Every since I can remember I have wanted a horse. I grew up in my Nana’s house and I know I bugged her many times to buy a horse for me. I couldn’t understand what the problem was. We lived in the country and we had a large back lawn with lots of grass and room to run. What else could we possible need? It should be simple… get a horse, put her in the back yard and then you just jump on her and ride her whenever you wanted… at a gallop of course.
Now I have a horse and I am learning so much about her. She has quite a personality and it seems a bit of a stubborn streak. She’s smart too, and you can look in her eyes and see her thinking. Savi puts up quite a fuss every time my friend and I put a saddle and bridle on her so we can ride together. A few weeks ago I was in the barn with Savi. I was alone and determined that I was going to saddle her myself and ride. I managed to get the saddle on without too much trouble but she fought the bridle and bit. She was cross tied in the barn, I had the headstall across her forehead, the bit against her teeth and my finger in the corner of her mouth. She realized that she was not on the winning end of this battle at this point and she did the crazy Ninja duck and yank move and she slipped her halter. I threw my lead rope around her neck and got her into her stall and let her calm down. I tried a few times to get her halter back on her, but she went out past me. I got her back in to her stall and had to go get Mike to get her halter back on. I had to take her saddle off to straighten it but I managed, and I got the bridle on her by myself as well.
When it comes to riding, Savi isn’t too keen on letting anyone on her back. She side steps a lot and someone has to hold her so I can get on. So there I am out in the riding ring, just Savi and I. I walked her around and she followed me with her head down and not fighting. I lean on the stirrup, putting just a little weight on it and she accepts that. I lead her to the mounting block and she steps away as soon as I step on it. So I circle her around a few times, kicking it as I go by. Then we just stand there beside it. I kick it and talk to her. I step up and she stands still. I keep talking to her. Then someone drives up the driveway and she perks her ears forward, watching to see who it is. While she was distracted I took the opportunity and hopped on her back. Success! We had a lovely ride!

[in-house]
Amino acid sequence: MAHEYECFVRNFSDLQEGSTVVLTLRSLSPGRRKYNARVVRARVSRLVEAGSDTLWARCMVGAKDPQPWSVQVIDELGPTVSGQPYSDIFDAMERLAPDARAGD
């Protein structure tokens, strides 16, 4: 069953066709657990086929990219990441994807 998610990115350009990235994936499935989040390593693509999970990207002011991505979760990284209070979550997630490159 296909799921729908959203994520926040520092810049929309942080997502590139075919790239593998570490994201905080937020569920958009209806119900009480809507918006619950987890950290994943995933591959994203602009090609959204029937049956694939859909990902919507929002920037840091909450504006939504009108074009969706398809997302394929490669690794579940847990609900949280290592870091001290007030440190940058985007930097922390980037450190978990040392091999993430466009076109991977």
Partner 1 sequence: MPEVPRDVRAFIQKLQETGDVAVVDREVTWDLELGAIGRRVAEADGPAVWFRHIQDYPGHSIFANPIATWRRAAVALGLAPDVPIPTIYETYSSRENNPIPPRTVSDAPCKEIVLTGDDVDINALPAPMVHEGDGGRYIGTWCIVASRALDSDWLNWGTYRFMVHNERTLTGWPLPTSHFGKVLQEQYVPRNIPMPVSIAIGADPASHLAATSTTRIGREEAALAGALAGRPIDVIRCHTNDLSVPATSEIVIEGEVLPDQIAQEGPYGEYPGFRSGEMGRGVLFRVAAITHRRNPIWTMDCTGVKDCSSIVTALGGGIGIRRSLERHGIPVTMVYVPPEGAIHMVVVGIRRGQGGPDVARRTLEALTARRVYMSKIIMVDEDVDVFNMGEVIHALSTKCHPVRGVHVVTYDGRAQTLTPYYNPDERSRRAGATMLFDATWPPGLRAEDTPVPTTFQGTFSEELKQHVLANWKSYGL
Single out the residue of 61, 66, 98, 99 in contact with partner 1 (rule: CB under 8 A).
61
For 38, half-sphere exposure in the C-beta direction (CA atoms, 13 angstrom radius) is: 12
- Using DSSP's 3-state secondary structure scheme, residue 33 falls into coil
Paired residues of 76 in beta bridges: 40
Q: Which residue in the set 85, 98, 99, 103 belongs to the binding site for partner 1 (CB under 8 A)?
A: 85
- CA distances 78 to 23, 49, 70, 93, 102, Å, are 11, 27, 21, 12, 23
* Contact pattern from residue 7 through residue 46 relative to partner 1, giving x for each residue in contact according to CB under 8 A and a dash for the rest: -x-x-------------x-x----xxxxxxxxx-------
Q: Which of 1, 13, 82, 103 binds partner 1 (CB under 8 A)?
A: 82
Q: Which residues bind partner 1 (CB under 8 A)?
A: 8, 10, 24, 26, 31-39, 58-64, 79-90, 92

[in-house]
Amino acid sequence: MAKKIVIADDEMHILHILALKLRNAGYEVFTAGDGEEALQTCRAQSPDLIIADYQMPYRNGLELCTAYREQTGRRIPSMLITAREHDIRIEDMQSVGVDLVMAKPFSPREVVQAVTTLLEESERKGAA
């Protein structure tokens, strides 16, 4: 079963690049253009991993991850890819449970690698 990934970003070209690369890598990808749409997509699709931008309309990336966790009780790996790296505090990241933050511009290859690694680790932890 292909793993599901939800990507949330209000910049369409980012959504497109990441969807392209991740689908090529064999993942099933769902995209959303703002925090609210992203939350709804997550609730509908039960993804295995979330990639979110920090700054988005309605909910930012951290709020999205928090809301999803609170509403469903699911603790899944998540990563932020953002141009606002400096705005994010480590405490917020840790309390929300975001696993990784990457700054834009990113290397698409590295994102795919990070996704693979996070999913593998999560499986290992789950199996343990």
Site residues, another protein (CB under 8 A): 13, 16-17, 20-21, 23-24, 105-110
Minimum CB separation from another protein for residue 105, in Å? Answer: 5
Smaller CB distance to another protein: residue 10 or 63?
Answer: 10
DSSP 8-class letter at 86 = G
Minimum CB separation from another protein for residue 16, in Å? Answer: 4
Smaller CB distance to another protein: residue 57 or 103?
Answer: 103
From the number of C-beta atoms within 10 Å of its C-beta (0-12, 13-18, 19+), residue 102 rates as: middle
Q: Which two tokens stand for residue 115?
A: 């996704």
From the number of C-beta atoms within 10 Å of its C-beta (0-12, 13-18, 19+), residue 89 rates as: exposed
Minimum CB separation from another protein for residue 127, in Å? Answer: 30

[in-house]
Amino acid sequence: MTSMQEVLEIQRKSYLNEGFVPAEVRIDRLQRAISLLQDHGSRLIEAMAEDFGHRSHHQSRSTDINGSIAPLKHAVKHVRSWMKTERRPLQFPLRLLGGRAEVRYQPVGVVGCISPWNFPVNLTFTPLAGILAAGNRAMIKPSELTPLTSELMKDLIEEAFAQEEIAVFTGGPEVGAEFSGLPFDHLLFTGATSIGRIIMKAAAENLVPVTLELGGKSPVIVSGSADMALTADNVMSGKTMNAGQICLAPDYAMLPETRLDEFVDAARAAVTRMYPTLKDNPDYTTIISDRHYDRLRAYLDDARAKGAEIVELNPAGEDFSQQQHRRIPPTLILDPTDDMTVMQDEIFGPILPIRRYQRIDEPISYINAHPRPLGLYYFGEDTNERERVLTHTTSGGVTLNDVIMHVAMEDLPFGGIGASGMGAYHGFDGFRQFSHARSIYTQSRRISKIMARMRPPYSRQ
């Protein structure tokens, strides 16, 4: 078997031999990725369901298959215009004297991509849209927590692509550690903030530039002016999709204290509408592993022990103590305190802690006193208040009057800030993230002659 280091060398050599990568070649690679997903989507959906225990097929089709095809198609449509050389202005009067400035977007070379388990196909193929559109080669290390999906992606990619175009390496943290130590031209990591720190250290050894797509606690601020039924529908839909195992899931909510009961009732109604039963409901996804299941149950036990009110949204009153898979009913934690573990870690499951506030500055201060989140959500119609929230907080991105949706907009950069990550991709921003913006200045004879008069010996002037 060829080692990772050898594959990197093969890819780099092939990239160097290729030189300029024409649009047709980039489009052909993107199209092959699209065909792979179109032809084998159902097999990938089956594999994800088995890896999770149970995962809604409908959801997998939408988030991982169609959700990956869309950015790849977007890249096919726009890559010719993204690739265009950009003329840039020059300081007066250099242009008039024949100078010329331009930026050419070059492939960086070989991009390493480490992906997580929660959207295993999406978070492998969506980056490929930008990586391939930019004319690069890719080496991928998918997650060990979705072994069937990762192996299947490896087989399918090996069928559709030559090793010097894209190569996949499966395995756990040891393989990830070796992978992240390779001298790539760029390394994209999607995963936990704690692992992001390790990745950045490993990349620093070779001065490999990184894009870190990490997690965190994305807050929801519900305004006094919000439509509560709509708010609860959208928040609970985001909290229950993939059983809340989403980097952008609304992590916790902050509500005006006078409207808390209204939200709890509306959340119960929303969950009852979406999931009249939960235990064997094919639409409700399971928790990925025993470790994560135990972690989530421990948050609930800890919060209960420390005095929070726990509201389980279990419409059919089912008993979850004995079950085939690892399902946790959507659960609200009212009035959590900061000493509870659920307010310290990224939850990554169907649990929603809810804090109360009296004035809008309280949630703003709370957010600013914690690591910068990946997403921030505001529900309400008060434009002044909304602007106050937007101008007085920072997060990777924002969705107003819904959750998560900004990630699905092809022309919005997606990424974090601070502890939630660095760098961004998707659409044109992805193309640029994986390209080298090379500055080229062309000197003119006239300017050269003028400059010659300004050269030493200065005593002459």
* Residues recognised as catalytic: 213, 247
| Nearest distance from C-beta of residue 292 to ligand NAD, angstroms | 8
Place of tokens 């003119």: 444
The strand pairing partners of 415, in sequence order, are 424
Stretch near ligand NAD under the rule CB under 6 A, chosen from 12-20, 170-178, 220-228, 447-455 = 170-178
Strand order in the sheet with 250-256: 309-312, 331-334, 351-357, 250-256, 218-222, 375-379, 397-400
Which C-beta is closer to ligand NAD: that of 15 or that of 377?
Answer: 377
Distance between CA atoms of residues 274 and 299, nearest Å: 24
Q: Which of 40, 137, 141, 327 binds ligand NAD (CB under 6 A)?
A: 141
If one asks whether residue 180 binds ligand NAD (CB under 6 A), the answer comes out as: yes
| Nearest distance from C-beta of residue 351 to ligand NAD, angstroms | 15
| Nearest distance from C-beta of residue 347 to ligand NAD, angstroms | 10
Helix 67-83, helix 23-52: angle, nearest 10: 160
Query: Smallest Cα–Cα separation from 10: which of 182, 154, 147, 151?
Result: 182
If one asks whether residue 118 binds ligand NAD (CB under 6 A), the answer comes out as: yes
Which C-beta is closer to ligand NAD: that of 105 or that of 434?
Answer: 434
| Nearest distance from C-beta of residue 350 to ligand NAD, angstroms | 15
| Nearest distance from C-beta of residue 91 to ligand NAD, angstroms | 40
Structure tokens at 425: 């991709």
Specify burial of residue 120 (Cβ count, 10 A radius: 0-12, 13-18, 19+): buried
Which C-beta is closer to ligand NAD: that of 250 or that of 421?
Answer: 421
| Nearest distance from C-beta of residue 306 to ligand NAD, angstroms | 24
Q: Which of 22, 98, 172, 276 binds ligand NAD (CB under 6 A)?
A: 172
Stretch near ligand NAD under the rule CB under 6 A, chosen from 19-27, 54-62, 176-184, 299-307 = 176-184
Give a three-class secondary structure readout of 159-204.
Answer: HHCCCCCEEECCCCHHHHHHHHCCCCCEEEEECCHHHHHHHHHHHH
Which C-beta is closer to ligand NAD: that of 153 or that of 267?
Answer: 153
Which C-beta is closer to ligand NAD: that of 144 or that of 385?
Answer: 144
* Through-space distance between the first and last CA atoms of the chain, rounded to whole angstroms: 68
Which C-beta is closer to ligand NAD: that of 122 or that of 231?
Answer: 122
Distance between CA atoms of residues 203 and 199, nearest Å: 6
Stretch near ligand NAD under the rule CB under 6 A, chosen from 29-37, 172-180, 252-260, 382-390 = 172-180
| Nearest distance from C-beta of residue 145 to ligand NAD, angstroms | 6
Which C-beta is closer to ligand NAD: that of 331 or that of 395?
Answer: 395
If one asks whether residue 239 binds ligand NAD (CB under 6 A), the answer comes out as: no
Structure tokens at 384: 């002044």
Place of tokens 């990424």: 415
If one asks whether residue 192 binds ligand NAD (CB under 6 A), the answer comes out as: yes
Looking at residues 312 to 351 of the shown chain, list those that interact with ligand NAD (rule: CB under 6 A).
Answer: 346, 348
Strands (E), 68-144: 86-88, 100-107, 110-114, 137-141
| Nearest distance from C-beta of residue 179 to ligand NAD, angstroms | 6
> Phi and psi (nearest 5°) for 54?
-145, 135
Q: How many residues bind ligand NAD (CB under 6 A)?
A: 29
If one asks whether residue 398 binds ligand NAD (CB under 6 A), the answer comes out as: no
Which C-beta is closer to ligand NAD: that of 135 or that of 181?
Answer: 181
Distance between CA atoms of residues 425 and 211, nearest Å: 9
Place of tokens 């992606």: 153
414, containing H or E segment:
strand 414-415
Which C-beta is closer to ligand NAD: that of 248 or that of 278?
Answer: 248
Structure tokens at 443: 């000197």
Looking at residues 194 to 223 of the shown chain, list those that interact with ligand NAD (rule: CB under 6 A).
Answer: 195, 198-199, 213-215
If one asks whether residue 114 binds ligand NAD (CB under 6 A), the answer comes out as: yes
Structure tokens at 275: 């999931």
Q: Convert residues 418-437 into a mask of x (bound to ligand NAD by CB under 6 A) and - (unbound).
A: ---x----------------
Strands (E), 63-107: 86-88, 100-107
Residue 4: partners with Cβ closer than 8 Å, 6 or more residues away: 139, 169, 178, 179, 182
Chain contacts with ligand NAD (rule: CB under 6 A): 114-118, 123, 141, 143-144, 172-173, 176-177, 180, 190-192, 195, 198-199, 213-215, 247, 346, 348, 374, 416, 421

Here it is, two weeks later and Savi did her Houdini trick again a slipped her halter when I was trying to bridle her. I was alone in the barn, but this time Mike and Lees weren’t home so I was on my own. I put Savi in her stall and let he calm down a bit. Then I stood at the door and every time she hit the door trying to push it open, I hit the door to drive her back. Once she respected the door, I cracked it open and stood there in the crack. When she approached, I threw up my hand and loudly said “No, back.” After a few minutes of this I went in the stall with her and if she didn’t back up, I pushed her in the centre of her chest and walked toward her. She yielded. I showed her the halter and she threw her head up. I backed her up. We did this dance a couple of times and then she started to munch on some hay and ignore me, so I stepped up to halter her, she tossed her head, and tried to get past me, but I backed her up again. With a big sigh, she put her head down, stretched her neck out and I put her halter on her, snapped on her lead rope and took her out to the riding ring where I made her run until she was tired and sweating. I didn’t go for a ride today, but I accomplished a lot.
I think Nana was right not getting a horse for me when I was a little girl. Having a big back yard and a lot of grass isn’t enough. And you just don’t go get your horse and jump on for a ride, but today I think little Miss Savi Ninja Warrior Houdini Bratty Pants has gained some respect for me. And in doing so, has taught to respect myself a little bit. I believe I am turning into a better person because of what I am learning from her… and I would be remiss if I didn’t give due credit to all my horsie friends who have been there since the beginning of this journey, supporting me and helping me to learn self confidence, and of course my husband who who helped me get her and doesn’t mind that I spend a several nights a week at the stable, talk more about horses than anything and come home smelling like a barn.